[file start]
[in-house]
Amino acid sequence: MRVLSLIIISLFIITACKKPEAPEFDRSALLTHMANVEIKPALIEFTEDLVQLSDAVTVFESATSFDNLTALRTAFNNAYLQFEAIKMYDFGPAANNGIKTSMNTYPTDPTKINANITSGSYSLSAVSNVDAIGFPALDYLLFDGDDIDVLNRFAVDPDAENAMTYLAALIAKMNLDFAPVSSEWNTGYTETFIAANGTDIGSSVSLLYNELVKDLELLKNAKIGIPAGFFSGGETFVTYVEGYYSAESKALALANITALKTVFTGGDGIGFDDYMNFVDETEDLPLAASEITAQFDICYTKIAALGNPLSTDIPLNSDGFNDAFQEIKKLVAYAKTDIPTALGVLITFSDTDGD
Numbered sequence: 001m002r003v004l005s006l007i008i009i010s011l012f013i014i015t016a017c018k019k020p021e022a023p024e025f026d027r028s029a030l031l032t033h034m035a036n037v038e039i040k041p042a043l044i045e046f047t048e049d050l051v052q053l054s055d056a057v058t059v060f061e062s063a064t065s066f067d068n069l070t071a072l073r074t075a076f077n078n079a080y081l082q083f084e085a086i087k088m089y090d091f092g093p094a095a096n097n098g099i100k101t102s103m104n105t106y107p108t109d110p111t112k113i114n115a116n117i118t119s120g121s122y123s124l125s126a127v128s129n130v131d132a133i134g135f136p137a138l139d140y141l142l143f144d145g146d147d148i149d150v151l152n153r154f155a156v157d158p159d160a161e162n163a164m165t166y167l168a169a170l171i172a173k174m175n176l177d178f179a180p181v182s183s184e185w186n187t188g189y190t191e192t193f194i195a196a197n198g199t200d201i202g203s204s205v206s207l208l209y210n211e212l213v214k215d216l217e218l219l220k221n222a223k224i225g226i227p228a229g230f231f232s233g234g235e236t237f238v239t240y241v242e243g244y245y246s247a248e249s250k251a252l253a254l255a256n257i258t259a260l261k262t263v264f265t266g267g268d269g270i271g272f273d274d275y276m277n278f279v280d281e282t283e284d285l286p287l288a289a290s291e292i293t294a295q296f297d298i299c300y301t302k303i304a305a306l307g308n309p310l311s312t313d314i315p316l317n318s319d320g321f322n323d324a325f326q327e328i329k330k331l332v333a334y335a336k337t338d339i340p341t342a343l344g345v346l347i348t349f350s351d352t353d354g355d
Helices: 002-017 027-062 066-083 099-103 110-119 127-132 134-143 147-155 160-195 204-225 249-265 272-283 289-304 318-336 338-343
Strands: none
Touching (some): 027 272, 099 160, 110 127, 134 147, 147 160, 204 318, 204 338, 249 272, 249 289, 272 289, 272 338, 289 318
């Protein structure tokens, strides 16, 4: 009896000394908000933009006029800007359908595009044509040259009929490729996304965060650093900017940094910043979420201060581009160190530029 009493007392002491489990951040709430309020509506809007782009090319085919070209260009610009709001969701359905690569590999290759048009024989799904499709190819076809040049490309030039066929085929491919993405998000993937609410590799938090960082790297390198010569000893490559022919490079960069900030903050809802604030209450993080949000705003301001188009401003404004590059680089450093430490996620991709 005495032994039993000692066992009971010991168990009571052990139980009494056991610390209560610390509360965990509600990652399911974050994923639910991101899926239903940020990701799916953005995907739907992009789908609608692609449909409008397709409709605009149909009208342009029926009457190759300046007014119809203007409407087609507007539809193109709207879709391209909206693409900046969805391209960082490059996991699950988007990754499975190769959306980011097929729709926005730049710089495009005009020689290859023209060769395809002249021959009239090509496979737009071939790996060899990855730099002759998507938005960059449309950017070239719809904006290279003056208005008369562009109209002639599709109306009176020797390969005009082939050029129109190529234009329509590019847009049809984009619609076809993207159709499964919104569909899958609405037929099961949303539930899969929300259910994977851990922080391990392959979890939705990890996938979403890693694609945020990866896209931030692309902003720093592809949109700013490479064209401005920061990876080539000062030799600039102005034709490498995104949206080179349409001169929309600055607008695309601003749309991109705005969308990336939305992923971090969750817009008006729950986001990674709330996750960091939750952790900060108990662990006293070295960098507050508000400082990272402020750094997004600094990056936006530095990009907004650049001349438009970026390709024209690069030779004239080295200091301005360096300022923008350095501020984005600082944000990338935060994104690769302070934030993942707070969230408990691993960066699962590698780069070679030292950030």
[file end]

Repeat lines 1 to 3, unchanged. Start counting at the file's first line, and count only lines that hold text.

[in-house]
Amino acid sequence: MRVLSLIIISLFIITACKKPEAPEFDRSALLTHMANVEIKPALIEFTEDLVQLSDAVTVFESATSFDNLTALRTAFNNAYLQFEAIKMYDFGPAANNGIKTSMNTYPTDPTKINANITSGSYSLSAVSNVDAIGFPALDYLLFDGDDIDVLNRFAVDPDAENAMTYLAALIAKMNLDFAPVSSEWNTGYTETFIAANGTDIGSSVSLLYNELVKDLELLKNAKIGIPAGFFSGGETFVTYVEGYYSAESKALALANITALKTVFTGGDGIGFDDYMNFVDETEDLPLAASEITAQFDICYTKIAALGNPLSTDIPLNSDGFNDAFQEIKKLVAYAKTDIPTALGVLITFSDTDGD
Numbered sequence: 001m002r003v004l005s006l007i008i009i010s011l012f013i014i015t016a017c018k019k020p021e022a023p024e025f026d027r028s029a030l031l032t033h034m035a036n037v038e039i040k041p042a043l044i045e046f047t048e049d050l051v052q053l054s055d056a057v058t059v060f061e062s063a064t065s066f067d068n069l070t071a072l073r074t075a076f077n078n079a080y081l082q083f084e085a086i087k088m089y090d091f092g093p094a095a096n097n098g099i100k101t102s103m104n105t106y107p108t109d110p111t112k113i114n115a116n117i118t119s120g121s122y123s124l125s126a127v128s129n130v131d132a133i134g135f136p137a138l139d140y141l142l143f144d145g146d147d148i149d150v151l152n153r154f155a156v157d158p159d160a161e162n163a164m165t166y167l168a169a170l171i172a173k174m175n176l177d178f179a180p181v182s183s184e185w186n187t188g189y190t191e192t193f194i195a196a197n198g199t200d201i202g203s204s205v206s207l208l209y210n211e212l213v214k215d216l217e218l219l220k221n222a223k224i225g226i227p228a229g230f231f232s233g234g235e236t237f238v239t240y241v242e243g244y245y246s247a248e249s250k251a252l253a254l255a256n257i258t259a260l261k262t263v264f265t266g267g268d269g270i271g272f273d274d275y276m277n278f279v280d281e282t283e284d285l286p287l288a289a290s291e292i293t294a295q296f297d298i299c300y301t302k303i304a305a306l307g308n309p310l311s312t313d314i315p316l317n318s319d320g321f322n323d324a325f326q327e328i329k330k331l332v333a334y335a336k337t338d339i340p341t342a343l344g345v346l347i348t349f350s351d352t353d354g355d